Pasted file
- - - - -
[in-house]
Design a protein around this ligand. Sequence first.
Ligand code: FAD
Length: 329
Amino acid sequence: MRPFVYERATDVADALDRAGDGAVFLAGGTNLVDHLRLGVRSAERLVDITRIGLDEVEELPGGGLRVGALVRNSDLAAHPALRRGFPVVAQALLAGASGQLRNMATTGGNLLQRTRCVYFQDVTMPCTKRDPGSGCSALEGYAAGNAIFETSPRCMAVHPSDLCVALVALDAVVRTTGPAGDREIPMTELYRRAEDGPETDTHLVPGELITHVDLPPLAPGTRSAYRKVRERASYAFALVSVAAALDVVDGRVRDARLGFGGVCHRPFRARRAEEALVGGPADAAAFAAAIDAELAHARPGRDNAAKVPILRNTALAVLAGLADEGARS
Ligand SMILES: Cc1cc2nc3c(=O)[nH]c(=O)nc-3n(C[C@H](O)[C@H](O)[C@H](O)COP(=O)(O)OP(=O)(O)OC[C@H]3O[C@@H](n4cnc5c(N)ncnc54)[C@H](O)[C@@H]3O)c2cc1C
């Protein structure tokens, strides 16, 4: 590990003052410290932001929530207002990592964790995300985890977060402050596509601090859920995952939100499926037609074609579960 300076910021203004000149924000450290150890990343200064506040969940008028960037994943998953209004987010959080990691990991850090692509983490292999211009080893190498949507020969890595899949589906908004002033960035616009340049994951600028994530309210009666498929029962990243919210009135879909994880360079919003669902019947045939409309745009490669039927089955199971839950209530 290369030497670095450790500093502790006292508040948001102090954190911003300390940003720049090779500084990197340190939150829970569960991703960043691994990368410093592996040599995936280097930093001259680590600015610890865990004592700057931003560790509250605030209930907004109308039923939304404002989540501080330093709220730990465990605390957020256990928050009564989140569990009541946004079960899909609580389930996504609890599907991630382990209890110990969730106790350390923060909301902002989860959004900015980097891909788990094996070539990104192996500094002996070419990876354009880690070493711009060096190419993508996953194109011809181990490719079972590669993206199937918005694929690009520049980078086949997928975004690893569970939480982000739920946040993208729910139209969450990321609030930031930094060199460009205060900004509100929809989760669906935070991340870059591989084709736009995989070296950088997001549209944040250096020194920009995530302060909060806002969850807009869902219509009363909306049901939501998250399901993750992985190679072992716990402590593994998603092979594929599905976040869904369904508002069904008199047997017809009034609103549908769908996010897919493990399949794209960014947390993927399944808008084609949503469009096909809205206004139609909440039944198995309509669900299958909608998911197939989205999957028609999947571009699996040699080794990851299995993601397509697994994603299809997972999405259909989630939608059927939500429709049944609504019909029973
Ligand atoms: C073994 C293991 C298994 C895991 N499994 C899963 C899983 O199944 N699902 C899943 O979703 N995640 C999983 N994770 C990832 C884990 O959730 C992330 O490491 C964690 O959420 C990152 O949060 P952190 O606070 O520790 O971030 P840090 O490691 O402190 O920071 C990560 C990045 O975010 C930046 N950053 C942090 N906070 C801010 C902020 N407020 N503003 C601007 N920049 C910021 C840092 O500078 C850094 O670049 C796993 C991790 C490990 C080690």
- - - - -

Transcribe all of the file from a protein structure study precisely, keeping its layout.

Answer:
[in-house]
Design a protein around this ligand. Sequence first.
Ligand code: FAD
Length: 329
Amino acid sequence: MRPFVYERATDVADALDRAGDGAVFLAGGTNLVDHLRLGVRSAERLVDITRIGLDEVEELPGGGLRVGALVRNSDLAAHPALRRGFPVVAQALLAGASGQLRNMATTGGNLLQRTRCVYFQDVTMPCTKRDPGSGCSALEGYAAGNAIFETSPRCMAVHPSDLCVALVALDAVVRTTGPAGDREIPMTELYRRAEDGPETDTHLVPGELITHVDLPPLAPGTRSAYRKVRERASYAFALVSVAAALDVVDGRVRDARLGFGGVCHRPFRARRAEEALVGGPADAAAFAAAIDAELAHARPGRDNAAKVPILRNTALAVLAGLADEGARS
Ligand SMILES: Cc1cc2nc3c(=O)[nH]c(=O)nc-3n(C[C@H](O)[C@H](O)[C@H](O)COP(=O)(O)OP(=O)(O)OC[C@H]3O[C@@H](n4cnc5c(N)ncnc54)[C@H](O)[C@@H]3O)c2cc1C
């Protein structure tokens, strides 16, 4: 590990003052410290932001929530207002990592964790995300985890977060402050596509601090859920995952939100499926037609074609579960 300076910021203004000149924000450290150890990343200064506040969940008028960037994943998953209004987010959080990691990991850090692509983490292999211009080893190498949507020969890595899949589906908004002033960035616009340049994951600028994530309210009666498929029962990243919210009135879909994880360079919003669902019947045939409309745009490669039927089955199971839950209530 290369030497670095450790500093502790006292508040948001102090954190911003300390940003720049090779500084990197340190939150829970569960991703960043691994990368410093592996040599995936280097930093001259680590600015610890865990004592700057931003560790509250605030209930907004109308039923939304404002989540501080330093709220730990465990605390957020256990928050009564989140569990009541946004079960899909609580389930996504609890599907991630382990209890110990969730106790350390923060909301902002989860959004900015980097891909788990094996070539990104192996500094002996070419990876354009880690070493711009060096190419993508996953194109011809181990490719079972590669993206199937918005694929690009520049980078086949997928975004690893569970939480982000739920946040993208729910139209969450990321609030930031930094060199460009205060900004509100929809989760669906935070991340870059591989084709736009995989070296950088997001549209944040250096020194920009995530302060909060806002969850807009869902219509009363909306049901939501998250399901993750992985190679072992716990402590593994998603092979594929599905976040869904369904508002069904008199047997017809009034609103549908769908996010897919493990399949794209960014947390993927399944808008084609949503469009096909809205206004139609909440039944198995309509669900299958909608998911197939989205999957028609999947571009699996040699080794990851299995993601397509697994994603299809997972999405259909989630939608059927939500429709049944609504019909029973
Ligand atoms: C073994 C293991 C298994 C895991 N499994 C899963 C899983 O199944 N699902 C899943 O979703 N995640 C999983 N994770 C990832 C884990 O959730 C992330 O490491 C964690 O959420 C990152 O949060 P952190 O606070 O520790 O971030 P840090 O490691 O402190 O920071 C990560 C990045 O975010 C930046 N950053 C942090 N906070 C801010 C902020 N407020 N503003 C601007 N920049 C910021 C840092 O500078 C850094 O670049 C796993 C991790 C490990 C080690």